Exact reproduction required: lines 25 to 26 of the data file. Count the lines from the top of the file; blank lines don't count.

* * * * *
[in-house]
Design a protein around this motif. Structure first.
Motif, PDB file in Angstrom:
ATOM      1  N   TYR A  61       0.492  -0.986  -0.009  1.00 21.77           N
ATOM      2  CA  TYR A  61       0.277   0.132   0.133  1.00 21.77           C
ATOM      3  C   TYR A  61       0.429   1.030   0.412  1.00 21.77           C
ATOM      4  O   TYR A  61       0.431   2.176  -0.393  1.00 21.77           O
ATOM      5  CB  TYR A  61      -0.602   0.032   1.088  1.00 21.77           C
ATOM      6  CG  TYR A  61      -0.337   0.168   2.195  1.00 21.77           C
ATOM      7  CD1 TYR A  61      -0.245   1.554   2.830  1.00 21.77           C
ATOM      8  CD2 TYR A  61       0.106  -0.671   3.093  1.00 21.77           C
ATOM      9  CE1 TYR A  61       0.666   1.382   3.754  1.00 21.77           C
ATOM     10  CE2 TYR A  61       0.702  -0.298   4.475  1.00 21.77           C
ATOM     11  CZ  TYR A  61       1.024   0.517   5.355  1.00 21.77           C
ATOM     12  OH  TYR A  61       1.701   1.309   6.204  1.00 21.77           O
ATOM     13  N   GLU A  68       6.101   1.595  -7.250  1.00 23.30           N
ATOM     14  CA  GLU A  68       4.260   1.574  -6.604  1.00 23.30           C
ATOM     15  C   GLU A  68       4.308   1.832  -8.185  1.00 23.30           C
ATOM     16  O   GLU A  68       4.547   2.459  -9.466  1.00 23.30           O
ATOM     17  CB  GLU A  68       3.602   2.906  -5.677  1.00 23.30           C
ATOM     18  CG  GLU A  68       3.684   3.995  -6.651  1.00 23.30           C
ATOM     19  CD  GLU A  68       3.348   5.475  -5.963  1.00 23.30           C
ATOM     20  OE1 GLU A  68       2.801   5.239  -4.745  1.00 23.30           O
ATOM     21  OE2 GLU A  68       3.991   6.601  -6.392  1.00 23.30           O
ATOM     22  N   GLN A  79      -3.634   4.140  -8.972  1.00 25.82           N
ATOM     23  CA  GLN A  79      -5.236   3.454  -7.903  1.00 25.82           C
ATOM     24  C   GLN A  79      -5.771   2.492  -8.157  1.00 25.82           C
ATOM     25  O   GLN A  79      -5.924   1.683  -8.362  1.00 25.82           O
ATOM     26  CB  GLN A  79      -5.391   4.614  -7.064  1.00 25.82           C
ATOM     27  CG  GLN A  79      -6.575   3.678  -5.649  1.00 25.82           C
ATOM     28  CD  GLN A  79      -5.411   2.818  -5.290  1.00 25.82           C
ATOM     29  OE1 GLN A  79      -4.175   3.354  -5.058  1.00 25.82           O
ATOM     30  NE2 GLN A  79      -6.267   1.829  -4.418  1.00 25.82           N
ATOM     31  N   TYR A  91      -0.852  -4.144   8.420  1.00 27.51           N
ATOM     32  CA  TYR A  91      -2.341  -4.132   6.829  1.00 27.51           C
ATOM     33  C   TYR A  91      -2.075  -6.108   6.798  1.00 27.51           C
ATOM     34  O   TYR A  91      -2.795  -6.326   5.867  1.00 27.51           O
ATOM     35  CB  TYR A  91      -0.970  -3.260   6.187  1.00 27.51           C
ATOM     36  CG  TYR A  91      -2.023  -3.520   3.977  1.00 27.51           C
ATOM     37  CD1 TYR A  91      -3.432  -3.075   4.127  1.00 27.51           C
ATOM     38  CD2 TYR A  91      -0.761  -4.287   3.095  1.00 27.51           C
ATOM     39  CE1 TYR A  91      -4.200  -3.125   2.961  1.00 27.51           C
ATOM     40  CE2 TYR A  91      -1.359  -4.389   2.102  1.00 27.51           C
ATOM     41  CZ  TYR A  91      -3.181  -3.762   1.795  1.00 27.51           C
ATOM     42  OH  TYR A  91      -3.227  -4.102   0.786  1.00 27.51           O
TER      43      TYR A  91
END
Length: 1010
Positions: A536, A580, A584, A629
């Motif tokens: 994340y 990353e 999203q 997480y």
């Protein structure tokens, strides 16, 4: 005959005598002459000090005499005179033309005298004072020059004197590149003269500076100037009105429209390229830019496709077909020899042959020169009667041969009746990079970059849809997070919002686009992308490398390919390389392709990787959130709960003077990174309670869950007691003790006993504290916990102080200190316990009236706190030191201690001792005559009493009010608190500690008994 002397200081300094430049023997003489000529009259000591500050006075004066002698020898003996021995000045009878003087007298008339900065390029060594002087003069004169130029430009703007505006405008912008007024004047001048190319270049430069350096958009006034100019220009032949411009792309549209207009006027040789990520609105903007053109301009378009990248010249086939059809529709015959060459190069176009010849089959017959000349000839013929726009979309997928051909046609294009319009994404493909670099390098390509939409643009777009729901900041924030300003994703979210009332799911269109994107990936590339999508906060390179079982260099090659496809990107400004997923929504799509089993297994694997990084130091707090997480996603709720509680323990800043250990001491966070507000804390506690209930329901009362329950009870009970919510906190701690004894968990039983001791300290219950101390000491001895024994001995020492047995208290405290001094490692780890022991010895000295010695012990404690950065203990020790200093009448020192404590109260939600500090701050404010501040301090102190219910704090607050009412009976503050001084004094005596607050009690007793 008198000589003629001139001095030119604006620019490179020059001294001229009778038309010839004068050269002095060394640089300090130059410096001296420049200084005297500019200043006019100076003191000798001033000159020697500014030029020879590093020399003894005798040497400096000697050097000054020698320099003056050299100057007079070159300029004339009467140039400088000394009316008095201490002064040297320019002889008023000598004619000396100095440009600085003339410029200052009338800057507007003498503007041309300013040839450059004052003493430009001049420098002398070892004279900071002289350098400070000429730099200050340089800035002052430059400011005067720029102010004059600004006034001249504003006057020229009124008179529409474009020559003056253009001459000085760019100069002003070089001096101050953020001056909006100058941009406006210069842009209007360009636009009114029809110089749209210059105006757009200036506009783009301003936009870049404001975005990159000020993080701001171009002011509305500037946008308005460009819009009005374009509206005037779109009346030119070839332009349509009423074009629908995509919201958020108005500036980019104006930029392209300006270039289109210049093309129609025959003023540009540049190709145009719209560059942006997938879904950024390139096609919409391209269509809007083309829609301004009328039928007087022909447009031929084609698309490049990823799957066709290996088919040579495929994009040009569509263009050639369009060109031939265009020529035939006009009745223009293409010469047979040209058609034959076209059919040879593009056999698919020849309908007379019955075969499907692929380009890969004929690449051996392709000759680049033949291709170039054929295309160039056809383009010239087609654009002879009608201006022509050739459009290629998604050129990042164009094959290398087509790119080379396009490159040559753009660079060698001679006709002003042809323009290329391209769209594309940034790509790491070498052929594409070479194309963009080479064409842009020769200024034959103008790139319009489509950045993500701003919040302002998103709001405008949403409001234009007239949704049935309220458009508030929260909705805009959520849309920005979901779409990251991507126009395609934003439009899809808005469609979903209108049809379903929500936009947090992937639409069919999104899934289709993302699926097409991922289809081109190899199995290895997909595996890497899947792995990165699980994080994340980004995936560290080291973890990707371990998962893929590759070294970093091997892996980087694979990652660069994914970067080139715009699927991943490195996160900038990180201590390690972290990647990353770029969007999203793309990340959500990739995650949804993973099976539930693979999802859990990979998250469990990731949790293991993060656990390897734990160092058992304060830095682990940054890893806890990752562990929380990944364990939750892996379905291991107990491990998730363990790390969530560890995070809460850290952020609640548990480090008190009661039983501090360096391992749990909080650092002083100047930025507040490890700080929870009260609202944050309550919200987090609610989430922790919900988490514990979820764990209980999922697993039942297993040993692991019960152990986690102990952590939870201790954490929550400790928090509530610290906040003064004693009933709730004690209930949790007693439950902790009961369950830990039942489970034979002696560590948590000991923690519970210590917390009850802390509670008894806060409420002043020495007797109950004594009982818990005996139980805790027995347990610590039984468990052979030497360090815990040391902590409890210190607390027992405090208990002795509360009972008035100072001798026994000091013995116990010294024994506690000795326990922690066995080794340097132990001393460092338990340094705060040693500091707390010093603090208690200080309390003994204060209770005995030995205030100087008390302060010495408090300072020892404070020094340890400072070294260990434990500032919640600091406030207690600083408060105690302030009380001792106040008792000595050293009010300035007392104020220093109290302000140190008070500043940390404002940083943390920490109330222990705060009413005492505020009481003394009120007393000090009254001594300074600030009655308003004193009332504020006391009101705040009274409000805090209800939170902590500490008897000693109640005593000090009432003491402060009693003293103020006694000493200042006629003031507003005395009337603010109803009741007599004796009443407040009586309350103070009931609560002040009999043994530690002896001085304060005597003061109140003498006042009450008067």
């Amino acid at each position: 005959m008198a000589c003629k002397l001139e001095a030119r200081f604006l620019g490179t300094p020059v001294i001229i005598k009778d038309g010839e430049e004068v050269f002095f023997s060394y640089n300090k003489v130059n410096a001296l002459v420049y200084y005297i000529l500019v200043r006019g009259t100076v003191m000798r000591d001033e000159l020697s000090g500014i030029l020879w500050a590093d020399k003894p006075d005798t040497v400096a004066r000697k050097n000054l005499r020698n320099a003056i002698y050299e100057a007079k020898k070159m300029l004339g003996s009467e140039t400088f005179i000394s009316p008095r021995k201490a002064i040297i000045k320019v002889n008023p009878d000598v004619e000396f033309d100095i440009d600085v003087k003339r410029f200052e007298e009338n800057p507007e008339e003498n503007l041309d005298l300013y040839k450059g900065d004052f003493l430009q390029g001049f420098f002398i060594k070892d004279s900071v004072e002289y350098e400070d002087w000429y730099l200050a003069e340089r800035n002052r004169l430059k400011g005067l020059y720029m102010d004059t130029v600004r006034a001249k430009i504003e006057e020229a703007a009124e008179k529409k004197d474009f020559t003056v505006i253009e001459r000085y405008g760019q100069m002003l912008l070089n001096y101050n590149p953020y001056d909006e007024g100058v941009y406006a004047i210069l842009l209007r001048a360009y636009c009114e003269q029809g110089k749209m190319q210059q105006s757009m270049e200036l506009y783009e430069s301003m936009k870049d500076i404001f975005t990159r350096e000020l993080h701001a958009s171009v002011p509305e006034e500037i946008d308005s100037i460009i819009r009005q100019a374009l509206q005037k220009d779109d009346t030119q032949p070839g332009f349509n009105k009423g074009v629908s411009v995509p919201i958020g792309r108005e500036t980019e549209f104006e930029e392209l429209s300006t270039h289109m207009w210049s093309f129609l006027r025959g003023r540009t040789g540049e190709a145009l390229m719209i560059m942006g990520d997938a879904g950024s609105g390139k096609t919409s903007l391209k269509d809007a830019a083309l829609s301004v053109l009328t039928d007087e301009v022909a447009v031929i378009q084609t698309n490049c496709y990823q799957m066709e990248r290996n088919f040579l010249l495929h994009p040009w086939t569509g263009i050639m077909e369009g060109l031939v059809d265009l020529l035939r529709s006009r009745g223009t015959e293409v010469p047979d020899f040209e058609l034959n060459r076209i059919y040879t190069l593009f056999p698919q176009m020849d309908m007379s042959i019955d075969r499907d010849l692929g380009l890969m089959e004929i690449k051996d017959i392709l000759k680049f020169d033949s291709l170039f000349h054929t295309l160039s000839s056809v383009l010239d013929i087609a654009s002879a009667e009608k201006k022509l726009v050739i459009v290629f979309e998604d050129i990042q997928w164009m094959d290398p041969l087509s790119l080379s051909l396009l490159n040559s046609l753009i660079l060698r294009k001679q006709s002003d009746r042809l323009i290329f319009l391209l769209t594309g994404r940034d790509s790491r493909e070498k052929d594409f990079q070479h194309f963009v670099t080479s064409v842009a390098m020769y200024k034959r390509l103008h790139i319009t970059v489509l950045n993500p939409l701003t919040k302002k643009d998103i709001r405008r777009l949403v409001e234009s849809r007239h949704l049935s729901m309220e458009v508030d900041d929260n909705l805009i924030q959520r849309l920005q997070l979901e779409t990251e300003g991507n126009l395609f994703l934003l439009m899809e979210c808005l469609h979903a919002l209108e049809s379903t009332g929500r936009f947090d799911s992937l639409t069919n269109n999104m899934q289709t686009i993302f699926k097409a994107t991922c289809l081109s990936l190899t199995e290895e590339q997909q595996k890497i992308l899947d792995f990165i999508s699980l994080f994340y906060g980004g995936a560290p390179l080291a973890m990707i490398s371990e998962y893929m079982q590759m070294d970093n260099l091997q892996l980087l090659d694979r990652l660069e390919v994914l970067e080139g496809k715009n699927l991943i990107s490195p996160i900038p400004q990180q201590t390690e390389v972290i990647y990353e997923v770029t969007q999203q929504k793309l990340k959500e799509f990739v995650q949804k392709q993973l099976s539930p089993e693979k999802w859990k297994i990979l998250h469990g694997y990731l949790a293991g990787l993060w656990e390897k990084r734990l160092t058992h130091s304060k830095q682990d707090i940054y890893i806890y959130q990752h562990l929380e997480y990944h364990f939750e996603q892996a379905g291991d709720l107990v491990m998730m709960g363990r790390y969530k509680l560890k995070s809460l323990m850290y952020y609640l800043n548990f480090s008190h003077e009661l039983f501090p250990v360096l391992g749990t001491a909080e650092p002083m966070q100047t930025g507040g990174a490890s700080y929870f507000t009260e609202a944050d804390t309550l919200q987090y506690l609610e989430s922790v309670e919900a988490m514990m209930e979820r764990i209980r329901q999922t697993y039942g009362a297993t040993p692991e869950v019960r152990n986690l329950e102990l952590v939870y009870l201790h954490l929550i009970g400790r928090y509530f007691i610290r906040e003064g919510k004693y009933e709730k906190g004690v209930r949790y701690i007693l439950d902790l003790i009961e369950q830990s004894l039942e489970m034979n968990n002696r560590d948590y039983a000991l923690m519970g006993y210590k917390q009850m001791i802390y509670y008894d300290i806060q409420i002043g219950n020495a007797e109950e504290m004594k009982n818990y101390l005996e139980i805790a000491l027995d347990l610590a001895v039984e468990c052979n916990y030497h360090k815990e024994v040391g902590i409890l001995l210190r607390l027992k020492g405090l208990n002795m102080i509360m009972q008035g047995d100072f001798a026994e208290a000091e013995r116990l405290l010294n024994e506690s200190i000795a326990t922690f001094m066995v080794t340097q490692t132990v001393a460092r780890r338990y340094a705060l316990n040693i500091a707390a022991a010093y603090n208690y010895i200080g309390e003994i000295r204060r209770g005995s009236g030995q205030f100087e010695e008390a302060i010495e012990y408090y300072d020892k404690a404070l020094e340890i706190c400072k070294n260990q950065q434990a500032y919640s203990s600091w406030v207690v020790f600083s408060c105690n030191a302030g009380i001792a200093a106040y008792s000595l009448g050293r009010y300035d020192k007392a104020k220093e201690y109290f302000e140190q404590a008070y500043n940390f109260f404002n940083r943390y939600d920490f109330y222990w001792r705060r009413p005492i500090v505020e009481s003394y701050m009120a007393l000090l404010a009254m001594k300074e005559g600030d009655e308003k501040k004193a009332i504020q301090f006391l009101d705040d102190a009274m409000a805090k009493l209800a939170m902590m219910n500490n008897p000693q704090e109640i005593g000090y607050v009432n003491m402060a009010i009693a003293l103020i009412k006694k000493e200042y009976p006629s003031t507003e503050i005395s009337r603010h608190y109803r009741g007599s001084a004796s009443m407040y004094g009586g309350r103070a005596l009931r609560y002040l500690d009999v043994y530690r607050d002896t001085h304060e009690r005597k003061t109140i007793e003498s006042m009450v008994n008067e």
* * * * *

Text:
ATOM     22  N   GLN A  79      -3.634   4.140  -8.972  1.00 25.82           N
ATOM     23  CA  GLN A  79      -5.236   3.454  -7.903  1.00 25.82           C